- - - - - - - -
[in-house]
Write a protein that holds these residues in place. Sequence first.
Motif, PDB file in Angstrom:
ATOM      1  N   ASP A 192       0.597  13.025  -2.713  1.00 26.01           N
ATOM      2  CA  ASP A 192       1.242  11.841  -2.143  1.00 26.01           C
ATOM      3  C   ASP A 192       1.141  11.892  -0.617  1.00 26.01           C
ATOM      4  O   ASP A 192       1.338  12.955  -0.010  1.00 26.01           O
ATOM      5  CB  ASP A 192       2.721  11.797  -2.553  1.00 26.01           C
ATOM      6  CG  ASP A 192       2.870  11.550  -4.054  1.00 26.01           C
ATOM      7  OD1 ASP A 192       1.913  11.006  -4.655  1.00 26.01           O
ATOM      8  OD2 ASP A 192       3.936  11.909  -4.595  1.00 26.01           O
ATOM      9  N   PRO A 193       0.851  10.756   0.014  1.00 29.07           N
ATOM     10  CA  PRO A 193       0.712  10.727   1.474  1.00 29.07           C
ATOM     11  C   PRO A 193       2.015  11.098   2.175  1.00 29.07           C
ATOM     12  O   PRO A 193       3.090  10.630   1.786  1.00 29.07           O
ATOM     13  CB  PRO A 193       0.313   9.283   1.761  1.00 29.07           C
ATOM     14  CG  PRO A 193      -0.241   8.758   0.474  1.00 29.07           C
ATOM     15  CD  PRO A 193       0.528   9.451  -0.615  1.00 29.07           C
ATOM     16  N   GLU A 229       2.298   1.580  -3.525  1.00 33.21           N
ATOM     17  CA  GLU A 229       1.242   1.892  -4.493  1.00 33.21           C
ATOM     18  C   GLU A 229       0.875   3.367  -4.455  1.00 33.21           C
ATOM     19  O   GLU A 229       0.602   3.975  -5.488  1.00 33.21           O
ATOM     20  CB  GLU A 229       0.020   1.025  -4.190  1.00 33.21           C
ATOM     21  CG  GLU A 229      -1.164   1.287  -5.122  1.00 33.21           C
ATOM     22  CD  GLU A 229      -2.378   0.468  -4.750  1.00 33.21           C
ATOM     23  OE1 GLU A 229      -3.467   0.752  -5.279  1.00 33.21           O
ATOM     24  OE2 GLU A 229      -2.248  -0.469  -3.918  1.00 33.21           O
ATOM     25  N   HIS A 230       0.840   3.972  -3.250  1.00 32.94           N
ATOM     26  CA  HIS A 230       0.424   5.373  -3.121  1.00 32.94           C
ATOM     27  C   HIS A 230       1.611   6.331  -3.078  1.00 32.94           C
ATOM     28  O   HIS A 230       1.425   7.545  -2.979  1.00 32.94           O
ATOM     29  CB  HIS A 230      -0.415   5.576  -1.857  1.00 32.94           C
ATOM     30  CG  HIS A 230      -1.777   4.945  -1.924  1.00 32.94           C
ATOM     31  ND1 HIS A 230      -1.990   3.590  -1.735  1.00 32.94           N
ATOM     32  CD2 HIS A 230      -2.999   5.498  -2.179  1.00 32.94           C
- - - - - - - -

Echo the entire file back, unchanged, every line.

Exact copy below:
[in-house]
Write a protein that holds these residues in place. Sequence first.
Motif, PDB file in Angstrom:
ATOM      1  N   ASP A 192       0.597  13.025  -2.713  1.00 26.01           N
ATOM      2  CA  ASP A 192       1.242  11.841  -2.143  1.00 26.01           C
ATOM      3  C   ASP A 192       1.141  11.892  -0.617  1.00 26.01           C
ATOM      4  O   ASP A 192       1.338  12.955  -0.010  1.00 26.01           O
ATOM      5  CB  ASP A 192       2.721  11.797  -2.553  1.00 26.01           C
ATOM      6  CG  ASP A 192       2.870  11.550  -4.054  1.00 26.01           C
ATOM      7  OD1 ASP A 192       1.913  11.006  -4.655  1.00 26.01           O
ATOM      8  OD2 ASP A 192       3.936  11.909  -4.595  1.00 26.01           O
ATOM      9  N   PRO A 193       0.851  10.756   0.014  1.00 29.07           N
ATOM     10  CA  PRO A 193       0.712  10.727   1.474  1.00 29.07           C
ATOM     11  C   PRO A 193       2.015  11.098   2.175  1.00 29.07           C
ATOM     12  O   PRO A 193       3.090  10.630   1.786  1.00 29.07           O
ATOM     13  CB  PRO A 193       0.313   9.283   1.761  1.00 29.07           C
ATOM     14  CG  PRO A 193      -0.241   8.758   0.474  1.00 29.07           C
ATOM     15  CD  PRO A 193       0.528   9.451  -0.615  1.00 29.07           C
ATOM     16  N   GLU A 229       2.298   1.580  -3.525  1.00 33.21           N
ATOM     17  CA  GLU A 229       1.242   1.892  -4.493  1.00 33.21           C
ATOM     18  C   GLU A 229       0.875   3.367  -4.455  1.00 33.21           C
ATOM     19  O   GLU A 229       0.602   3.975  -5.488  1.00 33.21           O
ATOM     20  CB  GLU A 229       0.020   1.025  -4.190  1.00 33.21           C
ATOM     21  CG  GLU A 229      -1.164   1.287  -5.122  1.00 33.21           C
ATOM     22  CD  GLU A 229      -2.378   0.468  -4.750  1.00 33.21           C
ATOM     23  OE1 GLU A 229      -3.467   0.752  -5.279  1.00 33.21           O
ATOM     24  OE2 GLU A 229      -2.248  -0.469  -3.918  1.00 33.21           O
ATOM     25  N   HIS A 230       0.840   3.972  -3.250  1.00 32.94           N
ATOM     26  CA  HIS A 230       0.424   5.373  -3.121  1.00 32.94           C
ATOM     27  C   HIS A 230       1.611   6.331  -3.078  1.00 32.94           C
ATOM     28  O   HIS A 230       1.425   7.545  -2.979  1.00 32.94           O
ATOM     29  CB  HIS A 230      -0.415   5.576  -1.857  1.00 32.94           C
ATOM     30  CG  HIS A 230      -1.777   4.945  -1.924  1.00 32.94           C
ATOM     31  ND1 HIS A 230      -1.990   3.590  -1.735  1.00 32.94           N
ATOM     32  CD2 HIS A 230      -2.999   5.498  -2.179  1.00 32.94           C